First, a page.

Nursing Online – April 2010

After promising much during the 2007 election campaign and a prolonged period of consultation and deliberation by the National Health and Hospitals Reform Commission, the Rudd Government made the first in a series of announcements of plans that, if implemented, will transform health care in this country.

Rudd’s Health-Care Policy
A National Health and Hospitals Network for Australia’s Future

Without major changes, as rising health costs outstrip revenue growth, State budgets will be at risk of being overwhelmed.

If Australians are to continue to enjoy access to world-class health care, we must undertake for reaching reform of our health and hospital system now.

This document sets out major structural reforms to establish the financing and governance foundations of a National Health and Hospitals Network for Australia’s future. The Government expects that these reforms will permanently establish the Commonwealth Government as the majority funder of hospitals and place the Australian health system onto a sustainable and self-improving footing for the future.


The Croakey blog is a forum for debate and discussion about health issues and policy. A range of contributors have provided insight and commentary on the latest health and hospitals proposal.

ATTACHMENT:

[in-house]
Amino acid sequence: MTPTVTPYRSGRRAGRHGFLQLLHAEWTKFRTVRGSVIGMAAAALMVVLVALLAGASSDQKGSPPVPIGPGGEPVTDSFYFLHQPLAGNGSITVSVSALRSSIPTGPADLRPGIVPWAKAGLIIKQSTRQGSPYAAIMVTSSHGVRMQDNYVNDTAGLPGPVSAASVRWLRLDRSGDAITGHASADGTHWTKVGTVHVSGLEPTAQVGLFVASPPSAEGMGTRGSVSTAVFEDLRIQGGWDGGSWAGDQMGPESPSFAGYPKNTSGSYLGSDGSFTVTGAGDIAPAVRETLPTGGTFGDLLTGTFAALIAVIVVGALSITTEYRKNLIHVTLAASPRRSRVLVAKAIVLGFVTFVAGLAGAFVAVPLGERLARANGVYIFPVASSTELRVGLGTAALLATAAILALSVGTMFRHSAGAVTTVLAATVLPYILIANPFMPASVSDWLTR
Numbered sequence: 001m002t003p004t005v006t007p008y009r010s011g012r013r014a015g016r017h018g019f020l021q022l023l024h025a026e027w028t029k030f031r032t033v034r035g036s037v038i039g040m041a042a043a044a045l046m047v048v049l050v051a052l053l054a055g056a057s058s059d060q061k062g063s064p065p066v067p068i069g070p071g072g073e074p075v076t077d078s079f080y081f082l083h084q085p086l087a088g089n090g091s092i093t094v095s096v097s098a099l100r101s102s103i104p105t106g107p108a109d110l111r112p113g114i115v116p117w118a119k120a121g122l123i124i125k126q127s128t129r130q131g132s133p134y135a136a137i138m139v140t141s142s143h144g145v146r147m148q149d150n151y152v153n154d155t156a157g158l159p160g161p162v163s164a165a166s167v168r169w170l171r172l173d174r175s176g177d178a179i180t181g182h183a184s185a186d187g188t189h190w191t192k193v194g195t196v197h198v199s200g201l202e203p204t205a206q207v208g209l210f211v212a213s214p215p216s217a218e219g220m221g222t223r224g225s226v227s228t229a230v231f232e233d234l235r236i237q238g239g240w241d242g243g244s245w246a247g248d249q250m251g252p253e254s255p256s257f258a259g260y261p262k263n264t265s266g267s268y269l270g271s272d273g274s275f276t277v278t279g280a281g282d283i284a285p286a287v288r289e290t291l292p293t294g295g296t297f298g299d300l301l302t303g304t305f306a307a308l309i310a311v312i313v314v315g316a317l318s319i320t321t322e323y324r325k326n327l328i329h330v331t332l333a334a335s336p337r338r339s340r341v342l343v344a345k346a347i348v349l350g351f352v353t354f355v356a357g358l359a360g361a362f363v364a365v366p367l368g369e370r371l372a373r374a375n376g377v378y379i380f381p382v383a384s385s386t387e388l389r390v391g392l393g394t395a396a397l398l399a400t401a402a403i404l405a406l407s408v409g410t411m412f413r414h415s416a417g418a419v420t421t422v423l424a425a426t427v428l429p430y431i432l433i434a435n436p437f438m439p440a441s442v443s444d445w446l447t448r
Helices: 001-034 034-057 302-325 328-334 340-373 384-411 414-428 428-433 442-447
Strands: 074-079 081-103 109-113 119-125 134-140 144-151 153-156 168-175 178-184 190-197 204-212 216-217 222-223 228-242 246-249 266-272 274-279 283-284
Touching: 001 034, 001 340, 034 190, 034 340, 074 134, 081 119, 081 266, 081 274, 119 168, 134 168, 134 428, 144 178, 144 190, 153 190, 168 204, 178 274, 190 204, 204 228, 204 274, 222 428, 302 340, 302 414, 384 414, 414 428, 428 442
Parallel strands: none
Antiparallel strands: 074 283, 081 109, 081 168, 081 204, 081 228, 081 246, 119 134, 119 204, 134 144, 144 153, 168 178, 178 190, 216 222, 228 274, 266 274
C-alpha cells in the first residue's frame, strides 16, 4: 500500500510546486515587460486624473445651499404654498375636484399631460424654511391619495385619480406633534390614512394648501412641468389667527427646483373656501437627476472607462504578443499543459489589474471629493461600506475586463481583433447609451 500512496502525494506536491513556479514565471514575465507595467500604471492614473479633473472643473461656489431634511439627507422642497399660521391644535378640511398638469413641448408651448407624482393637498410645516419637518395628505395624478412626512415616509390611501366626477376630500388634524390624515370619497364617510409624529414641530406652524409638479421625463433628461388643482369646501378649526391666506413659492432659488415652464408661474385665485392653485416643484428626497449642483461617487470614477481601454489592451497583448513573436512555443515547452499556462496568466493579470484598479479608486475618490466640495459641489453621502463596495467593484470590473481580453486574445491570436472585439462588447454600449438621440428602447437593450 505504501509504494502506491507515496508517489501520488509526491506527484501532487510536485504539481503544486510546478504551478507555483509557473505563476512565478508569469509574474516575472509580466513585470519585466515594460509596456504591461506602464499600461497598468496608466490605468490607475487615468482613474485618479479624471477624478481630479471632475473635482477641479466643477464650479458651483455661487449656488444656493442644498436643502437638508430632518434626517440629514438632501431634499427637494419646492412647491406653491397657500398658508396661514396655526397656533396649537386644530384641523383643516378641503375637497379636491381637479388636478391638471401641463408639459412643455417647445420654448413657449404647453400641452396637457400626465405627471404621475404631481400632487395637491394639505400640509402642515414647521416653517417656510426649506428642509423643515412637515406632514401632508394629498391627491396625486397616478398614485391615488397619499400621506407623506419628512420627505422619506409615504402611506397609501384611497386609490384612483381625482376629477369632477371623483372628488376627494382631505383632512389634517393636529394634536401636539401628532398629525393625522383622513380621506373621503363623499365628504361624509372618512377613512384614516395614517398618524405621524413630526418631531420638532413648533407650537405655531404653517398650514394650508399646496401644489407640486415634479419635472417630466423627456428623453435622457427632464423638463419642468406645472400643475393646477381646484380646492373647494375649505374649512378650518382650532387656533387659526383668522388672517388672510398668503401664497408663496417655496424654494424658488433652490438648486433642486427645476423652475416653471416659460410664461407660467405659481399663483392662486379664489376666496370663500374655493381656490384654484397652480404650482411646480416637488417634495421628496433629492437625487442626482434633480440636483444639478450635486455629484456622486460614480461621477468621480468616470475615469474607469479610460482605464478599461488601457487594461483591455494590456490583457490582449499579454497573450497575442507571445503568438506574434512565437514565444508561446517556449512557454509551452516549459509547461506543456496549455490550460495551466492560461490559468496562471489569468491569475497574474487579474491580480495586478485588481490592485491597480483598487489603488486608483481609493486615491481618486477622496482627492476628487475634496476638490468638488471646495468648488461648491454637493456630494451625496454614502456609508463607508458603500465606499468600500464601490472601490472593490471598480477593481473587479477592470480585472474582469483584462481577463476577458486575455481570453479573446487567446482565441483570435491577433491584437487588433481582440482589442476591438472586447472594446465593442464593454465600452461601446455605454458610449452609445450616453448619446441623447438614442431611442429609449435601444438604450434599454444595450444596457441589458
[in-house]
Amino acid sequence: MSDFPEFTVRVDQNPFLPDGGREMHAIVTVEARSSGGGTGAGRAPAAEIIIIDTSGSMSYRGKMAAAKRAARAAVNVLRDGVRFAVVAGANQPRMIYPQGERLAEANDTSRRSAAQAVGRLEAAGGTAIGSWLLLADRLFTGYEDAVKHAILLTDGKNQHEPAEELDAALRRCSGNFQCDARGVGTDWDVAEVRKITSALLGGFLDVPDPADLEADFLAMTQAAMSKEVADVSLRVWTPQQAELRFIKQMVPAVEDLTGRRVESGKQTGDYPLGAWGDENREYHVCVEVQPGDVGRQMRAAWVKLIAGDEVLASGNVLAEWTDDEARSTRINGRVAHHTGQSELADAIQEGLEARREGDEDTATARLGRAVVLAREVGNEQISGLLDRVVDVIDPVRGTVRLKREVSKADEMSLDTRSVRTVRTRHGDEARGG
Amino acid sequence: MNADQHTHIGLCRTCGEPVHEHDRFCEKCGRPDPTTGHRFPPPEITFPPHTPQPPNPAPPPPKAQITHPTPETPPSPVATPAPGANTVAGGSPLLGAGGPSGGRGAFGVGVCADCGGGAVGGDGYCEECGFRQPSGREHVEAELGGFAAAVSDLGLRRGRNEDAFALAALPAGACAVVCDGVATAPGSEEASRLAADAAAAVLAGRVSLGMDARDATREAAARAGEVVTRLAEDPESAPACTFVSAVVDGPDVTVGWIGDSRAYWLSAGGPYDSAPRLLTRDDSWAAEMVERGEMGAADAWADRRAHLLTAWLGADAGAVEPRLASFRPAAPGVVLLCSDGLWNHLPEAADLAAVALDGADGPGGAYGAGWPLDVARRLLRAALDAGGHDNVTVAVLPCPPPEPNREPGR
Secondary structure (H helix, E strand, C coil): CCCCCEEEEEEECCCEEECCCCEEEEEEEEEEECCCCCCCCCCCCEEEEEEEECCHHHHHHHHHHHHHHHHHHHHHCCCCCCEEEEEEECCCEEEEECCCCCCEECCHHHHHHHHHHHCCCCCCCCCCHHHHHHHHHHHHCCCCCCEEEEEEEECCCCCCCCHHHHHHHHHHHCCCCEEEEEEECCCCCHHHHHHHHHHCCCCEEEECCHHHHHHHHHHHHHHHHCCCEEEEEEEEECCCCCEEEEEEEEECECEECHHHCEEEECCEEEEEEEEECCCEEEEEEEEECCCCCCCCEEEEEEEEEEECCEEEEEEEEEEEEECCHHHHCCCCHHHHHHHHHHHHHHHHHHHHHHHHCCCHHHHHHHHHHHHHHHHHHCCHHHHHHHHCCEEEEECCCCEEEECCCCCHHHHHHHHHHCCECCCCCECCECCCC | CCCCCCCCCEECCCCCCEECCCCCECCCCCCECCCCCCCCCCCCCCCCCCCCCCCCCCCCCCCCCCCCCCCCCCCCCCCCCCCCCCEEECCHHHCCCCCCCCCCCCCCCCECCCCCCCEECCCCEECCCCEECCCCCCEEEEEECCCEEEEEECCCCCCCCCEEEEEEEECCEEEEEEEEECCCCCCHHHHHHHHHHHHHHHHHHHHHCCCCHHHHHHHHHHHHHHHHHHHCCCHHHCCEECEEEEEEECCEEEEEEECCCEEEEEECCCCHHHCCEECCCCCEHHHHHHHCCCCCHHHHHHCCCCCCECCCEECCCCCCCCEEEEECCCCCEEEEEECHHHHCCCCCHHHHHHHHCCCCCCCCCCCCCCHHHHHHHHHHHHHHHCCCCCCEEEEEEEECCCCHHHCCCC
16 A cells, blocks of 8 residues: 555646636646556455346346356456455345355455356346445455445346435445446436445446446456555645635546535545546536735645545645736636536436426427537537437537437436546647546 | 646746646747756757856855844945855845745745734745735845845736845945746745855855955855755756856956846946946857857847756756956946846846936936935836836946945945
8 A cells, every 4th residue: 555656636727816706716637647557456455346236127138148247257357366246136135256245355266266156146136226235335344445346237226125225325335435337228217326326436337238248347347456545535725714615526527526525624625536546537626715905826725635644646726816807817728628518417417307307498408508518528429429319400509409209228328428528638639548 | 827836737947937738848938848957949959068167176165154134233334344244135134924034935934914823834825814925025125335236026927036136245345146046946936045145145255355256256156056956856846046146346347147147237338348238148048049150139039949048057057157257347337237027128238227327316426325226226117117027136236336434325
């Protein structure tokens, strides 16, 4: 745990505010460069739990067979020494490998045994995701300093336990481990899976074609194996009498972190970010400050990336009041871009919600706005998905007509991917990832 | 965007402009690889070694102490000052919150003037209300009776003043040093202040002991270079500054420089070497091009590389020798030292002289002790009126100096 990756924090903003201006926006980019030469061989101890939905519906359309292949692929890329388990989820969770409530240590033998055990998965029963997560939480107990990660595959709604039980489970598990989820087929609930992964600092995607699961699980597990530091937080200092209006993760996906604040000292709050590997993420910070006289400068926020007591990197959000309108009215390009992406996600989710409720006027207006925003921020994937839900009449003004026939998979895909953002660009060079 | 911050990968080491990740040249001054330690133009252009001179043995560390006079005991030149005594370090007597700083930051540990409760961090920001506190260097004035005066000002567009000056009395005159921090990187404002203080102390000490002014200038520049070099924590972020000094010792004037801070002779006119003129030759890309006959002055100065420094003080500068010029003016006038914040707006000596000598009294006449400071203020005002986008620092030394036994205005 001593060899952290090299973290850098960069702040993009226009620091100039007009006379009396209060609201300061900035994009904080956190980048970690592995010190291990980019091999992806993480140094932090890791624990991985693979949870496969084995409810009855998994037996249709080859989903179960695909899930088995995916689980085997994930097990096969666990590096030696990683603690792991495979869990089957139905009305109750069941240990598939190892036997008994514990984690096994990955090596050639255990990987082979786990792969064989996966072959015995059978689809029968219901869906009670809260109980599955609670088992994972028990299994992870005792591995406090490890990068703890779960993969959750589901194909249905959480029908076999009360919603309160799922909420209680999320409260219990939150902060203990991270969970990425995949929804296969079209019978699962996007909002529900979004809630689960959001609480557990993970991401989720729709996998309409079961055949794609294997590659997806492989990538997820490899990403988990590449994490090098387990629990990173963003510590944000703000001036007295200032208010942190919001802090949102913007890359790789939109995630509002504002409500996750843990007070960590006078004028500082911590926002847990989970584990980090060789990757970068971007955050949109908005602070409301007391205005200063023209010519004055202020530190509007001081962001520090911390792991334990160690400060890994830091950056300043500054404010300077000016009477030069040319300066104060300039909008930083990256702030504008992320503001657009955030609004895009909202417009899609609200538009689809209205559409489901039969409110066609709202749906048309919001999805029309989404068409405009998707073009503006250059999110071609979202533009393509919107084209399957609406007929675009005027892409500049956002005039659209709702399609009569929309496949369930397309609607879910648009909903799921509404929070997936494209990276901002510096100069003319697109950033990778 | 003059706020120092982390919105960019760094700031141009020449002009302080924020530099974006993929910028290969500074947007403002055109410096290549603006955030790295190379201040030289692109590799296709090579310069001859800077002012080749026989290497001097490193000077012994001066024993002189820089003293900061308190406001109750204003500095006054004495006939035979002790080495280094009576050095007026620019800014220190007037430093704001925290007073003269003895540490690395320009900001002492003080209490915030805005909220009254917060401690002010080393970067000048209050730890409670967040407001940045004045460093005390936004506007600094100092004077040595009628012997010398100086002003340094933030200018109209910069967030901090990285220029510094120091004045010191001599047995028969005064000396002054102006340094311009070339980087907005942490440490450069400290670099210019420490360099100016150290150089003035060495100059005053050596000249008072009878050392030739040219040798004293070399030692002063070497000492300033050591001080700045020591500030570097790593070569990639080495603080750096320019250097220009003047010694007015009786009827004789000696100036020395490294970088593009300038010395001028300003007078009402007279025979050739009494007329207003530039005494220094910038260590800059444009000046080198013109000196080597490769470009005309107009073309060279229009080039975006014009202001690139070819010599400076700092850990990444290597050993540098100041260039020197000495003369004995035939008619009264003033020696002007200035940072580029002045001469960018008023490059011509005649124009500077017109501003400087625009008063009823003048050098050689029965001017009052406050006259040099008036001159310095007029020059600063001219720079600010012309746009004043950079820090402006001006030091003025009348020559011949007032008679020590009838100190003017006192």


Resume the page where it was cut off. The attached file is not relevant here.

Public hospitals – reform overseas
Rear Vision, ABC Radio National

Public hospitals are the centrepiece of Australia’s health system, yet there seems to be something deeply wrong with them. What can we learn from attempts at reform overseas?

Health reform: the opening shot
James Gillespie, Inside Story, Current Affairs and Culture

While short on detail, the Prime Minister’s National Health Reform Plan focuses on the funding and governance of public hospitals. It proposes a sweeping increase in Commonwealth financial responsibilities – but far short of a complete takeover.

It proposes a sweeping increase in Commonwealth financial responsibilities.

It calls for fundamental change in the way most hospitals are paid, increased scrutiny of the quality of the services they deliver, and a radical decentralisation of management and accountability.

The outcome of the deliberations of the National Health and Hospitals Reform Commission and the hundred-odd public consultations that followed, the plan makes large claims about the setting in train of a revolution in health-care management, declaring that it will end ‘blame games’, set hospital finances on a sustainable footing and relax the centralism that has undermined accountability, morale and some of the public trust in public hospitals.

Boards and pricing pose challenges to hospital reforms
Mark Metherell, Sydney Morning Herald, 5 March 2010

The Government appears to have underestimated the difficulties it faces in rolling out its hospital reforms, says Dr Stephen Duckett.